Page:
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Table_1_Atypical Response Properties of the Auditory Cortex of Awake MECP2-Overexpressing Mice.DOC (1.01 MB)

Table_1_Atypical Response Properties of the Auditory Cortex of Awake MECP2-Overexpressing Mice.DOC

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posted on 2019-05-07, 10:05 authored by Chang Zhou, Sumei Yan, Shaowen Qian, Zhaoqun Wang, Zhiyue Shi, Ying Xiong, Yi Zhou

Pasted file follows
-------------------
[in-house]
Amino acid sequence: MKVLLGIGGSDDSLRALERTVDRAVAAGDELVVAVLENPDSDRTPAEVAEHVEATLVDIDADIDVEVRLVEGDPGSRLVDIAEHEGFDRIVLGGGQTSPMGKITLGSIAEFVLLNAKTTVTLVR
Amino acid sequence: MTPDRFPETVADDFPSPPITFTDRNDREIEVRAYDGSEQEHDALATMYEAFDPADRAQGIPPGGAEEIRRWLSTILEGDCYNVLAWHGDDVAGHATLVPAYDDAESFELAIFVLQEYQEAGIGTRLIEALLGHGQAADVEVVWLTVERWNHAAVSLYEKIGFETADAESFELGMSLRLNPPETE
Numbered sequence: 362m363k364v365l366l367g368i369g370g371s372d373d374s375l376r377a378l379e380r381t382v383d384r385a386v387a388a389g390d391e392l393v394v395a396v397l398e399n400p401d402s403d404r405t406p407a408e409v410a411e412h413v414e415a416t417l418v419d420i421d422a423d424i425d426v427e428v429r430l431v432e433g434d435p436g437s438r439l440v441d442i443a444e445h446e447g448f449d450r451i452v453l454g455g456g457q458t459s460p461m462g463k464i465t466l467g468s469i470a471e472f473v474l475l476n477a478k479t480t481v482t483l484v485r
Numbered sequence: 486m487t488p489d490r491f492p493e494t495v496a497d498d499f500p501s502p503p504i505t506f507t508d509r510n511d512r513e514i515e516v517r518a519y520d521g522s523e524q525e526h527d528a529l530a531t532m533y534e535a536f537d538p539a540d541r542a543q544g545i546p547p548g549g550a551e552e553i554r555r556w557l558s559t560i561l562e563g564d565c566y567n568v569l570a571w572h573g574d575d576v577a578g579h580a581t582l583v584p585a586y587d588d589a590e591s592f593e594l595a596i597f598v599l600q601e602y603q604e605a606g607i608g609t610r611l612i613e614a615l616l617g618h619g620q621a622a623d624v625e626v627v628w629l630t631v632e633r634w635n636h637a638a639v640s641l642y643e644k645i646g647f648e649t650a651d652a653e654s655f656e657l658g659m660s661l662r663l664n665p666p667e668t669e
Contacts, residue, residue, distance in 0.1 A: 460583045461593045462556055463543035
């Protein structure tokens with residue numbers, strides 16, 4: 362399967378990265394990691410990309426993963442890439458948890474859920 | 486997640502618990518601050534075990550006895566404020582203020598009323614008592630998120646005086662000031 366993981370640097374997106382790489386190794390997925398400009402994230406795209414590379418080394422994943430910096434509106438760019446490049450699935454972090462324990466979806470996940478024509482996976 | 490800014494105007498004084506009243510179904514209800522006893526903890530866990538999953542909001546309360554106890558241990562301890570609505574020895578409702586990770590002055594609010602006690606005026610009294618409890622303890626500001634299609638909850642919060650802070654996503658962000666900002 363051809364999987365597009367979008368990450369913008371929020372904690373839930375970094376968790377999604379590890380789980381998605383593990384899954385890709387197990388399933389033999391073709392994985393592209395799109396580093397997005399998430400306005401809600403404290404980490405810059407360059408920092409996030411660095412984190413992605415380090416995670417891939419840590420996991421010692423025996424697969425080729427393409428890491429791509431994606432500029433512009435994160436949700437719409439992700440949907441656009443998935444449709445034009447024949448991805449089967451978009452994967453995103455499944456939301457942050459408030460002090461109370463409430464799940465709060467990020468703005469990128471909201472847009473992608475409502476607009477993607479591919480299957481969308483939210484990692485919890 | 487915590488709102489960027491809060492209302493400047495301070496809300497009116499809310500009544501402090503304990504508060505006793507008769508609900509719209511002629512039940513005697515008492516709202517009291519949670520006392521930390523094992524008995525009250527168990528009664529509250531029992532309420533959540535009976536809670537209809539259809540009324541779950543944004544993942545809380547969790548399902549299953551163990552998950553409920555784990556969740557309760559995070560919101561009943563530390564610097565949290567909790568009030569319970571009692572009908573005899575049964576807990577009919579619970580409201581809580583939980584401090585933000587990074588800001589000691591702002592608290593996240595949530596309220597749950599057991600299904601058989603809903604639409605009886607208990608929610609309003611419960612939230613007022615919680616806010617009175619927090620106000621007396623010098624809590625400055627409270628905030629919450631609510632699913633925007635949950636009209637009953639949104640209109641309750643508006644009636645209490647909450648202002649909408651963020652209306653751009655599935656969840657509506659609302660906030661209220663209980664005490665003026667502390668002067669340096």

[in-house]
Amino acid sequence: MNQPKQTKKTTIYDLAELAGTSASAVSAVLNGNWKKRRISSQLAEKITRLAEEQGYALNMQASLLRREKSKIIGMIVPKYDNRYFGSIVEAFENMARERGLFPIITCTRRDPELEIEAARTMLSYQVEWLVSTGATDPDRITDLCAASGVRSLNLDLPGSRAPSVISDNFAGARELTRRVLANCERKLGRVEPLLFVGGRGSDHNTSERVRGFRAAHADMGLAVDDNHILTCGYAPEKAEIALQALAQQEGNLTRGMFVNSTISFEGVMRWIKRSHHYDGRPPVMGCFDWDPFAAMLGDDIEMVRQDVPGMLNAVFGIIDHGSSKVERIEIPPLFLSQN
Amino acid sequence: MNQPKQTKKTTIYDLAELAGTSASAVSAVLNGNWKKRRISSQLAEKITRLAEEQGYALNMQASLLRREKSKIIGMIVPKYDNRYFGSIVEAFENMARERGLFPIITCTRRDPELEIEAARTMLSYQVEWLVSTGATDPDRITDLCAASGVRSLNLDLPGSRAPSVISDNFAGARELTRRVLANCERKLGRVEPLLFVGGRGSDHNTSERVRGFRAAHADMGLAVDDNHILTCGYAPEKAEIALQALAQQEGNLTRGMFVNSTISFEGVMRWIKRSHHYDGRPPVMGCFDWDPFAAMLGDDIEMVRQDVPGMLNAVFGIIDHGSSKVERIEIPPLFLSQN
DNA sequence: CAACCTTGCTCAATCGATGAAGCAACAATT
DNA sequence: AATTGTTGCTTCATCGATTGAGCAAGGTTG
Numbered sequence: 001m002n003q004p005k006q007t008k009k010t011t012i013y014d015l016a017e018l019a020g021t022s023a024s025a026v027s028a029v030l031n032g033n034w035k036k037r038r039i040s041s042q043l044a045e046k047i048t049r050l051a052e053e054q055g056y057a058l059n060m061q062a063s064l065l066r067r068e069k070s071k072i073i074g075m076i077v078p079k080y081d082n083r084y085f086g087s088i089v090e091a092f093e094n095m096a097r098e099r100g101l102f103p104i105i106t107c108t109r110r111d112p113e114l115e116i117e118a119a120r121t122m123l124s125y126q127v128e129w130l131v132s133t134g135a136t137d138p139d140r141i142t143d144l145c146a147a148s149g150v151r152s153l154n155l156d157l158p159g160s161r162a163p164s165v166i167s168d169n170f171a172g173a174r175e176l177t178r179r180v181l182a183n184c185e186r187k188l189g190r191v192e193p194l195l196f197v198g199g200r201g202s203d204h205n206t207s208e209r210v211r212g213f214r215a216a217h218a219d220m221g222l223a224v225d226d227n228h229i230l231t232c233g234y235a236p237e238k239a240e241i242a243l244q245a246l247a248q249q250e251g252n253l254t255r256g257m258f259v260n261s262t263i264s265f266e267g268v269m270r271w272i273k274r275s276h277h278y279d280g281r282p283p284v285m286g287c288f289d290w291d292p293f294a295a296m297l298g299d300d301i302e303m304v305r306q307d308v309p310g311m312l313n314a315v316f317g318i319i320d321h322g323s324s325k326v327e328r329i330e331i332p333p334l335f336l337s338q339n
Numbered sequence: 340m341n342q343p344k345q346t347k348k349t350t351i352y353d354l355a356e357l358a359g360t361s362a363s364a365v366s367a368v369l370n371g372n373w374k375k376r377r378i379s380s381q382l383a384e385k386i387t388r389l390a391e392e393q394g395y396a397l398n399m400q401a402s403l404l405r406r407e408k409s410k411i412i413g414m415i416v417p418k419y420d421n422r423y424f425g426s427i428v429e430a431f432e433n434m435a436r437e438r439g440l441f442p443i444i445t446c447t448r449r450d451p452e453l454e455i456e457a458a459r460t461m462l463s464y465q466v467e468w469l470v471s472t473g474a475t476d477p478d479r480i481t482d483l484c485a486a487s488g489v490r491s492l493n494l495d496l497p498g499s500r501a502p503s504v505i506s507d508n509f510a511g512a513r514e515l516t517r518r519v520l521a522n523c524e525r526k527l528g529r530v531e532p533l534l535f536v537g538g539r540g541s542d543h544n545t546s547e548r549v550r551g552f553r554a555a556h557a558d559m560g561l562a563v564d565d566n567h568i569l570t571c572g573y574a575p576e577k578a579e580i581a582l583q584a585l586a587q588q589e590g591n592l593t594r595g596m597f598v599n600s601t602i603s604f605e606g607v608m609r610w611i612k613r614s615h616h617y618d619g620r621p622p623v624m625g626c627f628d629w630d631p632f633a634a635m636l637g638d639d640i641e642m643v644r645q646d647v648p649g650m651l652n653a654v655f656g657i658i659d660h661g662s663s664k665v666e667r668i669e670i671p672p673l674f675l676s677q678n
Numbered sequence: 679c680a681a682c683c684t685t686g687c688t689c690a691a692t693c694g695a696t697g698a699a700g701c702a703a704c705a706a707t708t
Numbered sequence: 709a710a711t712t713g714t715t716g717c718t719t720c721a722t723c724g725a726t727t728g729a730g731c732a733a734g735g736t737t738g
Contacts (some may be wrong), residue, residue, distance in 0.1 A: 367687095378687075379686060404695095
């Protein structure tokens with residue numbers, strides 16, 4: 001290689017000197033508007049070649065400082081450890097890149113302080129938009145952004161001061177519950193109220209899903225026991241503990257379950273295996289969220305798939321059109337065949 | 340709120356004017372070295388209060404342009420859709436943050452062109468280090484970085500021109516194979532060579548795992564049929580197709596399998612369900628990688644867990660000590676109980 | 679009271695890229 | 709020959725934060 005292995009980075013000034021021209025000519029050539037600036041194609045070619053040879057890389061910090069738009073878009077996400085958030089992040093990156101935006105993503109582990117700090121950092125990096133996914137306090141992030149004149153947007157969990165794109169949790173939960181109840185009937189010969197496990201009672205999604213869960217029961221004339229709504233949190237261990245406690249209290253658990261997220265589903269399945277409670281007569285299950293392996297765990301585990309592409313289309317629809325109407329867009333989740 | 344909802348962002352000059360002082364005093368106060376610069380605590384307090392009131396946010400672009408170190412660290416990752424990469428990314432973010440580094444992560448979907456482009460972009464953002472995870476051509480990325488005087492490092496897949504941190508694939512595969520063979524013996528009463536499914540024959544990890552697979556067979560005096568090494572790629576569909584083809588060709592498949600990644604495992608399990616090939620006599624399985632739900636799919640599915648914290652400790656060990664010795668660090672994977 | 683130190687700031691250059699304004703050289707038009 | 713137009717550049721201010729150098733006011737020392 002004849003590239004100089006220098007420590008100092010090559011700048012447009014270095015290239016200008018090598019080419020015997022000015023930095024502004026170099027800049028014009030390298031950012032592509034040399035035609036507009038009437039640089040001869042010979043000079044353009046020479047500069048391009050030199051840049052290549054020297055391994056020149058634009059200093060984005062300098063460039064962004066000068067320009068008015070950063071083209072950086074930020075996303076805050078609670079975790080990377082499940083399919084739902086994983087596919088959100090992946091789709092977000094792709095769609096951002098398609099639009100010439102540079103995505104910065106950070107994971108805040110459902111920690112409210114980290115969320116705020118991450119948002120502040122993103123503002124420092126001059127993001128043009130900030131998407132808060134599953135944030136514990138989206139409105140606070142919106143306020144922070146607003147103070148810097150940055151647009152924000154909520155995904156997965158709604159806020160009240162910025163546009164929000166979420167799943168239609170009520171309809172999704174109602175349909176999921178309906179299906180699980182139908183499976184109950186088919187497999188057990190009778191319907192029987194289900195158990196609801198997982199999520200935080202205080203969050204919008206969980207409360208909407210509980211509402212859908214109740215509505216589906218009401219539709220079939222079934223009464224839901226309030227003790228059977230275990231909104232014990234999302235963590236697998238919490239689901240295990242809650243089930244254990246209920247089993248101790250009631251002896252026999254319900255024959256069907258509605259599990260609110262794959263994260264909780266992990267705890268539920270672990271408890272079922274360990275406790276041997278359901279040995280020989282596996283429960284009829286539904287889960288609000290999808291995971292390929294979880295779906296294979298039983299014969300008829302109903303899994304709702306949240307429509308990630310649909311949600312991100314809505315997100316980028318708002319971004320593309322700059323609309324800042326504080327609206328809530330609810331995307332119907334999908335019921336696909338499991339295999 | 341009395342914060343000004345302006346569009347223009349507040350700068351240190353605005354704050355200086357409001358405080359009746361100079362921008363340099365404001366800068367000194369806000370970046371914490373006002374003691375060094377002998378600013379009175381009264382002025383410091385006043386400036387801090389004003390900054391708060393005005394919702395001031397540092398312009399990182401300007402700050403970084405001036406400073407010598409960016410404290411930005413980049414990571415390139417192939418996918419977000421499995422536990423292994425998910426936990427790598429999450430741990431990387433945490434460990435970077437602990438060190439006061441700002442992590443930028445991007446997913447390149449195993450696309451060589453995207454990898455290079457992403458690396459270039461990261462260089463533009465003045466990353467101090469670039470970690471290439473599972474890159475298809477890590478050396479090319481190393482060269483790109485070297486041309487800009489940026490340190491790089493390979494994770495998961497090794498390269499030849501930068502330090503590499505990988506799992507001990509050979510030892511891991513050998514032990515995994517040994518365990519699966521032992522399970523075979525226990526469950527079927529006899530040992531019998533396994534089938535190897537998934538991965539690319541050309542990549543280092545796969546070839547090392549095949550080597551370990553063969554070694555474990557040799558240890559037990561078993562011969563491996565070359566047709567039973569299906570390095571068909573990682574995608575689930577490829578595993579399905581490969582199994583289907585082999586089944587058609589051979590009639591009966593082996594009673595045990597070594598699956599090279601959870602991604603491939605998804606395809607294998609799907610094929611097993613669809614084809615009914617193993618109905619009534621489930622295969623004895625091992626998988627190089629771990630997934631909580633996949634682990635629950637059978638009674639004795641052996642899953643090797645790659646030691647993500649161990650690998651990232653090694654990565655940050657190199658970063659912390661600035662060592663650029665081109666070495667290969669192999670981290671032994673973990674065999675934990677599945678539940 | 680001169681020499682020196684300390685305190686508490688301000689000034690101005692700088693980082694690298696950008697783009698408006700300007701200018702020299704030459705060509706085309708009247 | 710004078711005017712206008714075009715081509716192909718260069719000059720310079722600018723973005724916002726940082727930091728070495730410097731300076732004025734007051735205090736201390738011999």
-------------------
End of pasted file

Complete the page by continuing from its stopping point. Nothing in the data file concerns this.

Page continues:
Methyl-CpG binding protein 2 (MECP2) is a gene associated with DNA methylation and has been found to be important for maintaining brain function. In humans, overexpression of MECP2 can cause a severe developmental disorder known as MECP2 duplication syndrome. However, it is still unclear whether MECP2 overexpression also causes auditory abnormalities, which are common in people with autism. MECP2-TG is a mouse model of MECP2 duplication syndrome and has been widely used for research on social difficulty and other autism-like disorders. In this study, we used a combination of multiple electrophysiological techniques to document the response properties of the auditory cortex of awake MECP2-TG mice. Our results showed that while the auditory brainstem responses are similar, cortical activity patterns including local field potentials (LFPs), multiunit activity (MUA), and single-neuron responses differ between MECP2-TG and wild-type (WT) mice. At the single-neuron level, the spike waveform of fast-spiking (FS) neurons from MECP2-TG mice is different from that of WT mice, as reflected by reduced peak/trough ratios in the transgenic mice. Both regular-spiking (RS) and FS neurons exhibited atypical response properties in MECP2-TG mice compared with WT mice, such as prolonged latency and an elevated intensity threshold; furthermore, regarding the response strength to different stimuli, MECP2-TG mice exhibited stronger responses to noise than to pure tone, while this pattern was not observed in WT mice. Our findings suggest that MECP2 overexpression can cause the auditory cortex to have atypical response properties, an implication that could be helpful for further understanding the nature of auditory deficits in autism.